• Fast Protection – Say, for example, you were to take out a 25-year level term policy for £100,000 and you died within 6 months of paying premiums. With these products, you would expect to get the full payout. Similarly, if you died 23 years into your 25-year term, you would get your £100,000 payout. This is, of course, provided you keep up with your premium payments and the outcome will also be dependent on the insurer’s approval of your claim.

What are the Pitfalls of Term Life Insurance?

  • Term Only – You are protected with this insurance product for the time you pay into it, not after. This means that if you paid into a term life insurance policy over 25 years and you died in the 26th year, you would not be entitled to a payout, as your term had concluded.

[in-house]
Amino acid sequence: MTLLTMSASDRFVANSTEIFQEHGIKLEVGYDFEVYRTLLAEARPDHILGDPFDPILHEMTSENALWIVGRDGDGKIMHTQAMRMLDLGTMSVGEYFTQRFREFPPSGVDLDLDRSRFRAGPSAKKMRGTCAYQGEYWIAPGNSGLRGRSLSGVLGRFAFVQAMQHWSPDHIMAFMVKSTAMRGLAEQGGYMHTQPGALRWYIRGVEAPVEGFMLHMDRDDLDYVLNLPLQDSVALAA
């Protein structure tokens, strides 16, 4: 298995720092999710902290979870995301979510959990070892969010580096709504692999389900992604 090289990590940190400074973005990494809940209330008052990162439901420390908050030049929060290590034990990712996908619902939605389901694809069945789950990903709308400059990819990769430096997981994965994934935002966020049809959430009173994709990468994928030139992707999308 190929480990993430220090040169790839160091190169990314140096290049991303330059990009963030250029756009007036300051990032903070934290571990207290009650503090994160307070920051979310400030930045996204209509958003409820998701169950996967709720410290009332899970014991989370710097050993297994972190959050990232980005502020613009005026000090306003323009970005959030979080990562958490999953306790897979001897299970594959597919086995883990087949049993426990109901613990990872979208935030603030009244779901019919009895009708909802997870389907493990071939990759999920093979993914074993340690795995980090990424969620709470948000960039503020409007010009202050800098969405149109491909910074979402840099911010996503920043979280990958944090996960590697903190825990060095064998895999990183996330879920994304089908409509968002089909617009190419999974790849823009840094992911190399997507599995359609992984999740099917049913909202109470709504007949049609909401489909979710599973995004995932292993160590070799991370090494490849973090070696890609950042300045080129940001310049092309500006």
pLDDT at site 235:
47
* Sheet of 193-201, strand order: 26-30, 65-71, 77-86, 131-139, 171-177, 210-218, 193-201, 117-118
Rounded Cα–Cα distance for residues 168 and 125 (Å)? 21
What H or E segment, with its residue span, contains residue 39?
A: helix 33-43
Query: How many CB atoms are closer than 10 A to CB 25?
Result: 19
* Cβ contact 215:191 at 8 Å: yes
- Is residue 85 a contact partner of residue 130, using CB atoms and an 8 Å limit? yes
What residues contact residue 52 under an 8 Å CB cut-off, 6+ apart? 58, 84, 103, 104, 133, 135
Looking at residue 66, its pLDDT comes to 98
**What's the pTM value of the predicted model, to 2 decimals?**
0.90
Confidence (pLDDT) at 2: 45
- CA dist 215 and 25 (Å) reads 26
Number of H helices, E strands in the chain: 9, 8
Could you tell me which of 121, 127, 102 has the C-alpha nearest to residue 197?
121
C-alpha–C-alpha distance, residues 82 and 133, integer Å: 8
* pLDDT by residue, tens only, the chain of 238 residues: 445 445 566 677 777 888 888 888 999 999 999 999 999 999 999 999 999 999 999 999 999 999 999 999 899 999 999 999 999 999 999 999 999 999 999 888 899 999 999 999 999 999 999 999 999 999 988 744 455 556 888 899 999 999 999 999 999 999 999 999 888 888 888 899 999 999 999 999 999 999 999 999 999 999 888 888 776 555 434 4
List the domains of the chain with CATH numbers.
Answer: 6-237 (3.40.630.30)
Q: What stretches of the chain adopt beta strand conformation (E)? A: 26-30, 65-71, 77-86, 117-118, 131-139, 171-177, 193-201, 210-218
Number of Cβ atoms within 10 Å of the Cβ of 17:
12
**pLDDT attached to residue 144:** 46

Mortgage Life Insurance/Decreasing Term Life Insurance

These policies go by two names but refer to the same product, a life insurance policy which gradually decreases over time, in line with a mortgage term. Mortgage protection life insurance is designed to cover the outstanding mortgage balance, in the event the borrower dies over the length of the repayment mortgage term. With these polices the premiums remain the same (in many cases), however, your level of cover would lower over time.

What are the Benefits of Decreasing Term Life Insurance?

  • Mortgage Protection -  If you, for example, take a 25-year mortgage with decreasing life insurance running alongside it, and then you die within five years, the payout to the lender would be large and would cover your repayment mortgage term.